Shootings prompt effort to help schools pay for silent alarms, other safety measures
Public schools around the country would receive funding for safety measures, such as metal detectors and bulletproof windows, designed to protect students and teachers during school shootings in a new bill before Congress.
The school violence prevention bill, sponsored by Reps. Roger Williams, R-Texas, and Ted Deutch, D-Florida, would provide grants for public schools to undergo safety assessments to determine what structural improvements should be made to help reduce security risks during school shootings.
The bill would fund these safety measures through the Department of Justice’s Community Oriented Policing Services (COPS) program.
The measure would allocate $2 billion over 10 years to help the Justice Department pay for the entire cost of Independent Risk Security Assessments and half the cost of constructing recommended security measures like metal detectors, steel doors and bulletproof windows, according to Williams.
The other half of improvements would be paid by the school or school district being assessed, unless the COPS director issues a financial hardship waiver. In that case, the Justice Department can pay the full cost.
Deutch represents Parkland, Florida, the site of the Marjory Stoneman Douglas High School mass shooting, where 17 people were killed in 2018. This bill would benefit schools such as Stoneman Douglas because it prioritizes safety assessments and funding for schools that have already experienced a violent event or have been seriously and credibly threatened with violence.
The bill also includes a provision that requires all schools who undergo the independent security risk assessment to install a silent panic alarm, which the bill can fund.
Silent panic alarms could be used during active shooter situations to call local police departments and emergency services to alert them of an emergency without the shooter knowing that help has been sought.
This panic alarm provision has been introduced independently as a bill in state legislatures across the country as Alyssa’s Law, named after Alyssa Alhadeff, a 14-year-old who was killed in the Stoneman Douglas shooting. A version has been passed in New Jersey and another version was introduced by Florida state lawmakers in August.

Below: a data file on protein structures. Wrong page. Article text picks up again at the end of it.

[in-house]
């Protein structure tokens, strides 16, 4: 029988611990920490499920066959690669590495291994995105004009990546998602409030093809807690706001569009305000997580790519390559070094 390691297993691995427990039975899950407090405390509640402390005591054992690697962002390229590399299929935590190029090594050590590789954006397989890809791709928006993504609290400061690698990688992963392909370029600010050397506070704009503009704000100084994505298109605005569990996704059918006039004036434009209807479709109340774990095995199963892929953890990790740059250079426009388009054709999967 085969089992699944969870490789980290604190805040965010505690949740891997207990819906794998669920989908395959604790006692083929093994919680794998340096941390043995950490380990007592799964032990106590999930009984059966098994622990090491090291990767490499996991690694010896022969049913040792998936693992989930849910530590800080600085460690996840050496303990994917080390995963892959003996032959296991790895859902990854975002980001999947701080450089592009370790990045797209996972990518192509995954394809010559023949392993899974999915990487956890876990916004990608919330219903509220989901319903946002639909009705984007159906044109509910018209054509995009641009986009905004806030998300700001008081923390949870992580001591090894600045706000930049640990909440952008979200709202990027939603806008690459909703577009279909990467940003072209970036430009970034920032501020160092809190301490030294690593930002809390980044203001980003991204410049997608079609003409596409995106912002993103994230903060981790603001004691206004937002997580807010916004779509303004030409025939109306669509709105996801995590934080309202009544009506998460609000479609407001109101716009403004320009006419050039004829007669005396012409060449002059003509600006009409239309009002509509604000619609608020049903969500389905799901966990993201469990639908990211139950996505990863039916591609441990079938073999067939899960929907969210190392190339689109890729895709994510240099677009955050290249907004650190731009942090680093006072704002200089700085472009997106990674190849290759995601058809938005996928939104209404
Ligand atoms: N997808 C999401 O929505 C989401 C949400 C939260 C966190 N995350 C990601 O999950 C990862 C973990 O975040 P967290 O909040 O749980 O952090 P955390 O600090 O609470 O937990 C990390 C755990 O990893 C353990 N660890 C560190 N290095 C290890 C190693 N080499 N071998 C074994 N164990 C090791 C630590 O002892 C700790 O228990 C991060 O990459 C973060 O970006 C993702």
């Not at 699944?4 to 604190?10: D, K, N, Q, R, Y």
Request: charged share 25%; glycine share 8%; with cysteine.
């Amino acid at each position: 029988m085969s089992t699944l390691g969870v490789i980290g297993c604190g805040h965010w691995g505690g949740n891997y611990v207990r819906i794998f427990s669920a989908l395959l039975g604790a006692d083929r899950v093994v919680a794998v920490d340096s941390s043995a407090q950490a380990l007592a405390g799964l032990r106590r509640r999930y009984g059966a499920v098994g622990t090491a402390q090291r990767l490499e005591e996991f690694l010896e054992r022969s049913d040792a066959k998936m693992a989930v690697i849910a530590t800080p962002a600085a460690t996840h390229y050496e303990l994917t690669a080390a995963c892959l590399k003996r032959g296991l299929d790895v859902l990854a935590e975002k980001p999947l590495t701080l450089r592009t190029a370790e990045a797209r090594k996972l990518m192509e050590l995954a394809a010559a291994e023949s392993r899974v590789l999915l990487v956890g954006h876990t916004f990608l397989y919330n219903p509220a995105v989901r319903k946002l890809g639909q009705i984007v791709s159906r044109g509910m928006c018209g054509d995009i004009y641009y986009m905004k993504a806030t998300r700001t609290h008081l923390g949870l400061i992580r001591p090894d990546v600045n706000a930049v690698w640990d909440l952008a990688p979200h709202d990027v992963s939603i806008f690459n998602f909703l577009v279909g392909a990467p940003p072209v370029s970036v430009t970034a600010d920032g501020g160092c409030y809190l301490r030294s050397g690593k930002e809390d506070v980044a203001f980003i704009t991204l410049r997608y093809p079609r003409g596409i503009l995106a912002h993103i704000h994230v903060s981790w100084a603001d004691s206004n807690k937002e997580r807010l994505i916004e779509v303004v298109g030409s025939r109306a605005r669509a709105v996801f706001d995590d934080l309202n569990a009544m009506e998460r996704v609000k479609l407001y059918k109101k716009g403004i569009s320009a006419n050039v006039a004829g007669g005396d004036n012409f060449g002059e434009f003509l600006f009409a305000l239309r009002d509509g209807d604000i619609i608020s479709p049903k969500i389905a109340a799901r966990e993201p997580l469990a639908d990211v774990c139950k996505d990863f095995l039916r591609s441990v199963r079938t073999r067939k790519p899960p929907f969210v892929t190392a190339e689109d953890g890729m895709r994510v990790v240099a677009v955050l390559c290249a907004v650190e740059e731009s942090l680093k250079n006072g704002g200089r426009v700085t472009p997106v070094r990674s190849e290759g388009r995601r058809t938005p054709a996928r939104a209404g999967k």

“Over a year after the tragedy at Stoneman Douglas High School in my district, our country continues to search for ways to keep our children safe in schools. Part of addressing threats to our schools and students is understanding the gaps in our security plans,” Deutch said in a statement.
The Williams-Deutch bill has support from members of both parties. It has been assigned to the House Judiciary Committee.
Rep. Jamie Raskin, D-Maryland, a committee member, said he expects approval.
“I suppose it all depends on what’s going on with other Judiciary matters,” Raskin said. “But I would say there’s a pretty good chance of that happening.”
Williams spent his August recess visiting Texas schools and advocating for his bill.
Dr. John Craft, the superintendent of Killeen Independent School District in Killeen, Texas, supports the bill.
“Anything pertaining to students and staff being safe in public institutions is really important,” he said. “For students to learn, they have to feel safe and I argue all that is true for staff members as well.”
Craft and Joe Perrin, the superintendent of Grandview Independent School District in Grandview, Texas, both said they would apply for Justice Department funding for security improvements if the bill were to pass.
“We will definitely look to apply for the grant funding,” Craft said. “As far as specifics go, we’ll be relying on this outside assessment to see where those funds would be best applied.”
Craft says that Killeen ISD already has Strategic Facility Program Funds that allow for safety improvements and strategic construction needs that could be dedicated to pay for half of any structural projects recommended by the safety assessments mandated in the bill.
Williams stressed that this is not a gun control bill, but explicitly a school safety bill to protect students, teachers and other school workers.
“I want the teachers to be able to go to school safe and sound,” Williams said. “We get confused that it’s a gun debate and everything gets tangled up in the gun debate. But we gotta pull the security part out of this debate and get it fixed now.”
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